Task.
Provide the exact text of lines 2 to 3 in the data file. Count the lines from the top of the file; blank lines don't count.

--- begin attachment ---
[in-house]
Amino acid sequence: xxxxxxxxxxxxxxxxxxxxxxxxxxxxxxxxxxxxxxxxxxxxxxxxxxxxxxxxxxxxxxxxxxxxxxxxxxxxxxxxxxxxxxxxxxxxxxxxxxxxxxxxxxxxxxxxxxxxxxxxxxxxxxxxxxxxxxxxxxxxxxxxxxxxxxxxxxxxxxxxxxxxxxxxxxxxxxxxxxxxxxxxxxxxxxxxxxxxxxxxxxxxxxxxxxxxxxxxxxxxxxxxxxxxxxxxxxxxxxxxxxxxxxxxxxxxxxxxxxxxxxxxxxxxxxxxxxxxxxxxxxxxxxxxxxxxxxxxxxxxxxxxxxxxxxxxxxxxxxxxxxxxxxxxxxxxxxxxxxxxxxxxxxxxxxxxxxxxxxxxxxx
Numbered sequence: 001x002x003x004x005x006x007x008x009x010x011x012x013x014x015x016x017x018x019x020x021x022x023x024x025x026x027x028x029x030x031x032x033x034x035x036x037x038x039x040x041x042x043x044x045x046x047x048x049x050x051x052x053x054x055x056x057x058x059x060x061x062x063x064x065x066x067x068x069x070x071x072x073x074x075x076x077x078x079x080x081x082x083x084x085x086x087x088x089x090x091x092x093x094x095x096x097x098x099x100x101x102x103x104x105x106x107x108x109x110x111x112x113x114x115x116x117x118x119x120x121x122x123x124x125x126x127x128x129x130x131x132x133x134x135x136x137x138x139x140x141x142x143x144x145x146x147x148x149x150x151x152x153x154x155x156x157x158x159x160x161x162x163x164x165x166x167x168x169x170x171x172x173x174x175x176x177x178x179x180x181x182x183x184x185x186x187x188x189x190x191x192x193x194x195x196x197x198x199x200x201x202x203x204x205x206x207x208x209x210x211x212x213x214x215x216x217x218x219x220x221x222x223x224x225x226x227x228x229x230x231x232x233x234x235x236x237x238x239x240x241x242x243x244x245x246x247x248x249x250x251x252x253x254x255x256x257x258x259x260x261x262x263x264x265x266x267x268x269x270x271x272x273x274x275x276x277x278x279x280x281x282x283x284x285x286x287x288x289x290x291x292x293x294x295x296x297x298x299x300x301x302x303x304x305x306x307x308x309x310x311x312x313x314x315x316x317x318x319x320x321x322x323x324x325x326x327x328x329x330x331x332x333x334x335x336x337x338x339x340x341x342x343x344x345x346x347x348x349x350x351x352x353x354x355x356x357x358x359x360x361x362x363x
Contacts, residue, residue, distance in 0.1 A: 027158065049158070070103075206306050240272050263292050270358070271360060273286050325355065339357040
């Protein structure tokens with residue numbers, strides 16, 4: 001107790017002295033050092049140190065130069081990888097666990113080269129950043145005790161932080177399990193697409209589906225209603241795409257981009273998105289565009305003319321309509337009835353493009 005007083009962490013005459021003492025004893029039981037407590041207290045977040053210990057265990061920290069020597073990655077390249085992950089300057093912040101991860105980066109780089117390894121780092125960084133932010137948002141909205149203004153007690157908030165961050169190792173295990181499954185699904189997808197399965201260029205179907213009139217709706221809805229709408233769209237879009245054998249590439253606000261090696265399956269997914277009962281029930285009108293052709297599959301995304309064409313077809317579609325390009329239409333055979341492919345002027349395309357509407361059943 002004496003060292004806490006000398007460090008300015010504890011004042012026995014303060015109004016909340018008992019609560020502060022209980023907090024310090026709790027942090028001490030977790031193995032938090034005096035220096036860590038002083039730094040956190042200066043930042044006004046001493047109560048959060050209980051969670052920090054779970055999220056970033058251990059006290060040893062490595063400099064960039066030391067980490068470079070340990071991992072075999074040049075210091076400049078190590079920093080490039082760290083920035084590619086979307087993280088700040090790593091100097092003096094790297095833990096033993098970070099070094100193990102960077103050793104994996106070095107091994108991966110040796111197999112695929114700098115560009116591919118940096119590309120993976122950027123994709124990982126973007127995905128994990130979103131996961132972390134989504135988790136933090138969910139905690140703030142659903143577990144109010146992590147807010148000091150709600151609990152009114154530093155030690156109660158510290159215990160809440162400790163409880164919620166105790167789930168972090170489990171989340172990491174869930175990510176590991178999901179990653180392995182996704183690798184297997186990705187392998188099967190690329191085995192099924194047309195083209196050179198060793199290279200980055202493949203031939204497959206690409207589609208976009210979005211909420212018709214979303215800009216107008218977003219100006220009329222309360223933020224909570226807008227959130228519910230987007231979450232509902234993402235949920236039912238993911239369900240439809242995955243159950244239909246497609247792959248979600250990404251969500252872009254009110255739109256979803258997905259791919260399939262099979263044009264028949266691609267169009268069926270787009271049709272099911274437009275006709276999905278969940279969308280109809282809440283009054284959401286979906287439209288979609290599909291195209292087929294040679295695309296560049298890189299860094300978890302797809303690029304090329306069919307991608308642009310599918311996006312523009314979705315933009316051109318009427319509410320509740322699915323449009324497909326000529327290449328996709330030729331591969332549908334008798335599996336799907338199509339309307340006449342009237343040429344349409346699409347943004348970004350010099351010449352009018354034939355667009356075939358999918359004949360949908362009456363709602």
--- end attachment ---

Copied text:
Amino acid sequence: xxxxxxxxxxxxxxxxxxxxxxxxxxxxxxxxxxxxxxxxxxxxxxxxxxxxxxxxxxxxxxxxxxxxxxxxxxxxxxxxxxxxxxxxxxxxxxxxxxxxxxxxxxxxxxxxxxxxxxxxxxxxxxxxxxxxxxxxxxxxxxxxxxxxxxxxxxxxxxxxxxxxxxxxxxxxxxxxxxxxxxxxxxxxxxxxxxxxxxxxxxxxxxxxxxxxxxxxxxxxxxxxxxxxxxxxxxxxxxxxxxxxxxxxxxxxxxxxxxxxxxxxxxxxxxxxxxxxxxxxxxxxxxxxxxxxxxxxxxxxxxxxxxxxxxxxxxxxxxxxxxxxxxxxxxxxxxxxxxxxxxxxxxxxxxxxxxxxxxxxxxx
Numbered sequence: 001x002x003x004x005x006x007x008x009x010x011x012x013x014x015x016x017x018x019x020x021x022x023x024x025x026x027x028x029x030x031x032x033x034x035x036x037x038x039x040x041x042x043x044x045x046x047x048x049x050x051x052x053x054x055x056x057x058x059x060x061x062x063x064x065x066x067x068x069x070x071x072x073x074x075x076x077x078x079x080x081x082x083x084x085x086x087x088x089x090x091x092x093x094x095x096x097x098x099x100x101x102x103x104x105x106x107x108x109x110x111x112x113x114x115x116x117x118x119x120x121x122x123x124x125x126x127x128x129x130x131x132x133x134x135x136x137x138x139x140x141x142x143x144x145x146x147x148x149x150x151x152x153x154x155x156x157x158x159x160x161x162x163x164x165x166x167x168x169x170x171x172x173x174x175x176x177x178x179x180x181x182x183x184x185x186x187x188x189x190x191x192x193x194x195x196x197x198x199x200x201x202x203x204x205x206x207x208x209x210x211x212x213x214x215x216x217x218x219x220x221x222x223x224x225x226x227x228x229x230x231x232x233x234x235x236x237x238x239x240x241x242x243x244x245x246x247x248x249x250x251x252x253x254x255x256x257x258x259x260x261x262x263x264x265x266x267x268x269x270x271x272x273x274x275x276x277x278x279x280x281x282x283x284x285x286x287x288x289x290x291x292x293x294x295x296x297x298x299x300x301x302x303x304x305x306x307x308x309x310x311x312x313x314x315x316x317x318x319x320x321x322x323x324x325x326x327x328x329x330x331x332x333x334x335x336x337x338x339x340x341x342x343x344x345x346x347x348x349x350x351x352x353x354x355x356x357x358x359x360x361x362x363x